Did you know that running errands on Election Day could help increase voter turnout? It might, if you’re wearing your “I Voted!” sticker.
Sporting the sticker after voting is more than just a fun way to show that you exercised your constitutional right to vote—it’s also being recognized as a tool to increase voter turnout.
“People see the sticker and think to themselves, ‘Oh yeah, I forgot to vote. I’ve got to do my civic duty as well,’” said South Dakota Secretary of State Shantel Krebs.
The state does not provide stickers to voting precincts, but Krebs is encouraging county auditors to consider having the stickers available on Election Day. The S.D. Secretary of State’s Office will conduct a training for auditors this fall in preparation for the upcoming general election. One of the action items is for the auditors to “strongly consider” using the “I Voted!” stickers.
Krebs estimates that 40 to 42 out of 66 South Dakota counties already use the stickers.
Whether North Dakotans see the stickers is a local decision. Rachel Bergquist, election administration system manager with the North Dakota Secretary of State’s Office, didn’t have numbers associated with county use.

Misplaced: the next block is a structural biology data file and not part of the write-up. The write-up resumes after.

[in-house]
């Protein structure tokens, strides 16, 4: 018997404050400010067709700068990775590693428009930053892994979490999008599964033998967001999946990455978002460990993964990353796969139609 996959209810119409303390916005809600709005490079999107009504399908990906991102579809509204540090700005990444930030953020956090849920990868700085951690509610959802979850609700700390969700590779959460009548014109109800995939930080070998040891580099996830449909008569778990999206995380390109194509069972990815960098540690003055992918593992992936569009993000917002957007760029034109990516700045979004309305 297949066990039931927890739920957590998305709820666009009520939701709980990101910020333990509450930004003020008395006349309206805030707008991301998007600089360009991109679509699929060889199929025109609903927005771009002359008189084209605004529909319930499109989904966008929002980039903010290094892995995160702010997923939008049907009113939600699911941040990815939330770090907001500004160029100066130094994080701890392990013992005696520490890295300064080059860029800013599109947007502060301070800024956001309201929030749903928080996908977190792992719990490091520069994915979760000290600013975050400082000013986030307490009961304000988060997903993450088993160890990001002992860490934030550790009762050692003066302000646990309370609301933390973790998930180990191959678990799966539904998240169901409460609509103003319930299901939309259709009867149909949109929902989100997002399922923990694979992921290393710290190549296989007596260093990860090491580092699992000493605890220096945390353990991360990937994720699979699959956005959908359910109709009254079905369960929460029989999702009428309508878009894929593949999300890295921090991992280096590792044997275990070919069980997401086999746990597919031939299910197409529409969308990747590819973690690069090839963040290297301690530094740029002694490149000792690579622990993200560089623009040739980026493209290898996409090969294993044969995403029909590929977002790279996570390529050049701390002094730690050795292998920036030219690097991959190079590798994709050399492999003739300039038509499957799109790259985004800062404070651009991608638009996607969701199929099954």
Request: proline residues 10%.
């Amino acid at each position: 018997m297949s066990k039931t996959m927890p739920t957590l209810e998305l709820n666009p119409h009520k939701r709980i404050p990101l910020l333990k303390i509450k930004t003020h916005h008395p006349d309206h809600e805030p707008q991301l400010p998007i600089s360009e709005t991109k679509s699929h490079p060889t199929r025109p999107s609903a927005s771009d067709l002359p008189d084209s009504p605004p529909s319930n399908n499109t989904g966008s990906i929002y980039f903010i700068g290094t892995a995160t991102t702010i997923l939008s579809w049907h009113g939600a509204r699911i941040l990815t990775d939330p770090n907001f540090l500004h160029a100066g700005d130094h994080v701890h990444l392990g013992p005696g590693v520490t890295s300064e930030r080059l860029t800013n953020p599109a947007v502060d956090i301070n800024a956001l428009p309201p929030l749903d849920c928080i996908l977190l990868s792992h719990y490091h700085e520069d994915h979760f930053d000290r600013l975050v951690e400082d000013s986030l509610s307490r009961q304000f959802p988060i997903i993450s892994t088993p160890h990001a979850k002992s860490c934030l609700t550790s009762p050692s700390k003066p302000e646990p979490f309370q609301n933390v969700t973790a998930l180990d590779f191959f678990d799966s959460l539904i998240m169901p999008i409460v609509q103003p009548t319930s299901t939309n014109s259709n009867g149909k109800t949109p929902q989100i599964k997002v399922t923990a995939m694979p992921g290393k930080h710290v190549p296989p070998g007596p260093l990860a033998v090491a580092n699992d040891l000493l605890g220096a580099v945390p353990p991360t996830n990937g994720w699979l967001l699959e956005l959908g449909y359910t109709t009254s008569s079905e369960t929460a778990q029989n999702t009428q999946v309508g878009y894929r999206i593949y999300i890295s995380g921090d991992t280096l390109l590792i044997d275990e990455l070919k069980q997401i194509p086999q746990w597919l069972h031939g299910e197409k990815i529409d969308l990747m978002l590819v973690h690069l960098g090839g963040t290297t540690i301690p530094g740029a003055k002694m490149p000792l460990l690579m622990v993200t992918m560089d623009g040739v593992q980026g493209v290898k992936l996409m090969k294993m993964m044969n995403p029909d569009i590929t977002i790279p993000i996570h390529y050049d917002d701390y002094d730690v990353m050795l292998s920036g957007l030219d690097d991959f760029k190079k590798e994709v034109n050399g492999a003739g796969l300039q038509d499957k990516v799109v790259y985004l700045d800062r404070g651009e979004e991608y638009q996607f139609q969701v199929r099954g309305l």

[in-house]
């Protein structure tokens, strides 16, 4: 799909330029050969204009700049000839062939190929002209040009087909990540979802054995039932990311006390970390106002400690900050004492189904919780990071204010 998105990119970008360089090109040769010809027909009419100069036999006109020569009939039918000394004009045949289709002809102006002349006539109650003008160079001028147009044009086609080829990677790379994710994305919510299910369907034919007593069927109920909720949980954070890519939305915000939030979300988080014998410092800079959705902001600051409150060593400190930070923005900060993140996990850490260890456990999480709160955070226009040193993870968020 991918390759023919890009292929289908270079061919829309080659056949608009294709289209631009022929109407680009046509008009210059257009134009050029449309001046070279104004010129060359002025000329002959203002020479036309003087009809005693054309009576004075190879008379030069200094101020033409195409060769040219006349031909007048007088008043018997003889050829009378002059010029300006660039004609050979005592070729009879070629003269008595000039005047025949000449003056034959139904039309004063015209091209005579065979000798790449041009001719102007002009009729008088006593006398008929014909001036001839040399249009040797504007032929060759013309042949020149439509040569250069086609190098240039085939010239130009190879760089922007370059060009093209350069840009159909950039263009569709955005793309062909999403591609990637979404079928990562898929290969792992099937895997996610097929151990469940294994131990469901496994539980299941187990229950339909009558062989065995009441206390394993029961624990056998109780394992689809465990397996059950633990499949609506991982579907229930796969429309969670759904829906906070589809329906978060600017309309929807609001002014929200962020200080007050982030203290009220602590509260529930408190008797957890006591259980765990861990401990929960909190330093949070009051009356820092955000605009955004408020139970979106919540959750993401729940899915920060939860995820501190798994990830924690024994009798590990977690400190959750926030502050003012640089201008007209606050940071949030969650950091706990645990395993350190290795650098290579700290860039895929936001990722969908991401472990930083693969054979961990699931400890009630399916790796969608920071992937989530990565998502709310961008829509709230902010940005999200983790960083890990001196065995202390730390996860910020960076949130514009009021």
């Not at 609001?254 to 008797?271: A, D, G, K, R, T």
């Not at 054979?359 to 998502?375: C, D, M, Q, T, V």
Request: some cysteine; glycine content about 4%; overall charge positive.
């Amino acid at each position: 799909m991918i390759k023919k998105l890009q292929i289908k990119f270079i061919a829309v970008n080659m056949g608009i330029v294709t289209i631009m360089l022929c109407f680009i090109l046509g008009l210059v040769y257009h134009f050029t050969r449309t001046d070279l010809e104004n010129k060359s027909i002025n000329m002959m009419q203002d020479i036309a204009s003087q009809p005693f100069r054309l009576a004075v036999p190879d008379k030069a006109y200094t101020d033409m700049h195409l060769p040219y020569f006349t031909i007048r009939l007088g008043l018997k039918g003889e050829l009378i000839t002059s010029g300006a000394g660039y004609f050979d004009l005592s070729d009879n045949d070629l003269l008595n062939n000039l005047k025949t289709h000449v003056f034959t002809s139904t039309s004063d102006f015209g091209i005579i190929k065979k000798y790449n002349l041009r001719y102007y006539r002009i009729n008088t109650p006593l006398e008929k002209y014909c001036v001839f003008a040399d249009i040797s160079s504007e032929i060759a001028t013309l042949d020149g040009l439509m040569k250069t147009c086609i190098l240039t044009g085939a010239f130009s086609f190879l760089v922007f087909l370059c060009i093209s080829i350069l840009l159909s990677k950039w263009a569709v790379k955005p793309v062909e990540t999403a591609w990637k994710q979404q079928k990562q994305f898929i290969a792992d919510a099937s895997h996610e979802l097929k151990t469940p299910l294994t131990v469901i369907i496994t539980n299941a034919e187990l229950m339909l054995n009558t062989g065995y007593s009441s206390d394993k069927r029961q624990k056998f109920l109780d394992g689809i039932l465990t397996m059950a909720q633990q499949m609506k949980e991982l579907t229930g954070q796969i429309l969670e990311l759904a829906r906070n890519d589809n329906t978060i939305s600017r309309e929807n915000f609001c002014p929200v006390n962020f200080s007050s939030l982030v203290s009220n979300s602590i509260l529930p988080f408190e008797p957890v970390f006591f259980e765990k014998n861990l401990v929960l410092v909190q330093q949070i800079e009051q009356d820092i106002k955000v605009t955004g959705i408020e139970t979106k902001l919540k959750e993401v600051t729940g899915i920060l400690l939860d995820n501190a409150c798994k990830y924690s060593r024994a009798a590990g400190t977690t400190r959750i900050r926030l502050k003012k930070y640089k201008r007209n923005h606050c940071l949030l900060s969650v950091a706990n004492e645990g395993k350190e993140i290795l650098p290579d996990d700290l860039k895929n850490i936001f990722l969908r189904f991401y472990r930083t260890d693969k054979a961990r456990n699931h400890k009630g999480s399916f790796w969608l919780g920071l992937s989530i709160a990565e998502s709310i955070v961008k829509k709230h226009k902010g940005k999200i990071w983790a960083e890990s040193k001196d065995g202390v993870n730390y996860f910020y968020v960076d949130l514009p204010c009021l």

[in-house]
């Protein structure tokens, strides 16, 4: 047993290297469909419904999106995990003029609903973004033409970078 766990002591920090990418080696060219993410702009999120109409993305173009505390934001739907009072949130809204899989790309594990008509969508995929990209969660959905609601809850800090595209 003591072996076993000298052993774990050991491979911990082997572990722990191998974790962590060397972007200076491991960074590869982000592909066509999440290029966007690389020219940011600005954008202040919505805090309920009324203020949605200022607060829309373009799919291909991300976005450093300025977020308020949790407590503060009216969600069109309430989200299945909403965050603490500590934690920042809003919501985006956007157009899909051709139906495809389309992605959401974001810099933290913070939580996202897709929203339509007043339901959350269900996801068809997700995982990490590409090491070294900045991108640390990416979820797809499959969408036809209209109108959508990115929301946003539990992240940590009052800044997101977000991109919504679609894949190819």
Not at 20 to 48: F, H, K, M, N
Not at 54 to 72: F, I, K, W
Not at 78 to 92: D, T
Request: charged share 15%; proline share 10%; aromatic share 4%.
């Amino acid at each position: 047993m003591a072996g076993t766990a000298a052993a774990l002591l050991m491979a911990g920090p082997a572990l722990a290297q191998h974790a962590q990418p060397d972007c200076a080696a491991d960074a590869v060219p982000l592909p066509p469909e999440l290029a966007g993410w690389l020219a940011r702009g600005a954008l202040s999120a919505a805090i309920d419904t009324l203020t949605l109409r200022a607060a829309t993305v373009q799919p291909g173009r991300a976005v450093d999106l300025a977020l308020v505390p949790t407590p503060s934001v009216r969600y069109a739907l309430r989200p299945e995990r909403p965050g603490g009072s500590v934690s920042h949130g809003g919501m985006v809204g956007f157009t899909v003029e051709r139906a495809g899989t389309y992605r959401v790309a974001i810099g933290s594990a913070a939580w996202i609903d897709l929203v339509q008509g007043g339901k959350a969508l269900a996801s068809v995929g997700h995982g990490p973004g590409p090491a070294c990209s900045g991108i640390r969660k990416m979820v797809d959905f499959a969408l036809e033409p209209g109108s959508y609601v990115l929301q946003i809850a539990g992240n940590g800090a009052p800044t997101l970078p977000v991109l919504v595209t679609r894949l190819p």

“This is a county preference where they buy them as a courtesy for the voters,” Bergquist said.
Moody County voters will likely have the option of wearing stickers out of their polling locations this November.
“We hope it will remind people to go out and vote,” said Kristina Krull, the Moody County auditor based in Flandreau, S.D. Krull is exploring different options for purchasing the stickers to have on hand for voters. When a roll of 1,000 stickers comes up on Amazon.com for around 2 cents per sticker, the potential increase in voter turnout seems worth the expense. “It’s just a little encouragement,” Krull said.
Recent studies suggest this might be a courtesy more auditors will want to extend.
“Individuals will embrace behavior that is socially encouraged,” according to a paper published in 2013 by professors from Yale, Loyola and the University of Mississippi. The paper, entitled “Social Judgments and Political Participation: Estimating the Consequences of Social Rewards and Sanctions for Voting,” concludes that if your peers witness you having returned from the voting booth with your slick new “I Voted!” sticker, they will not only hold you in higher esteem, they’ll want to vote as well.
The paper goes into much deeper discussion on social norms and political participation, but for the sake of the sticker discussion, we have our answer: Publicly displaying your “I Voted!” sticker helps increase voter turnout on Election Day.
Auditors, take note of what grade-school teachers and potty-training parents have known for years: If you want to get results, put a sticker on it.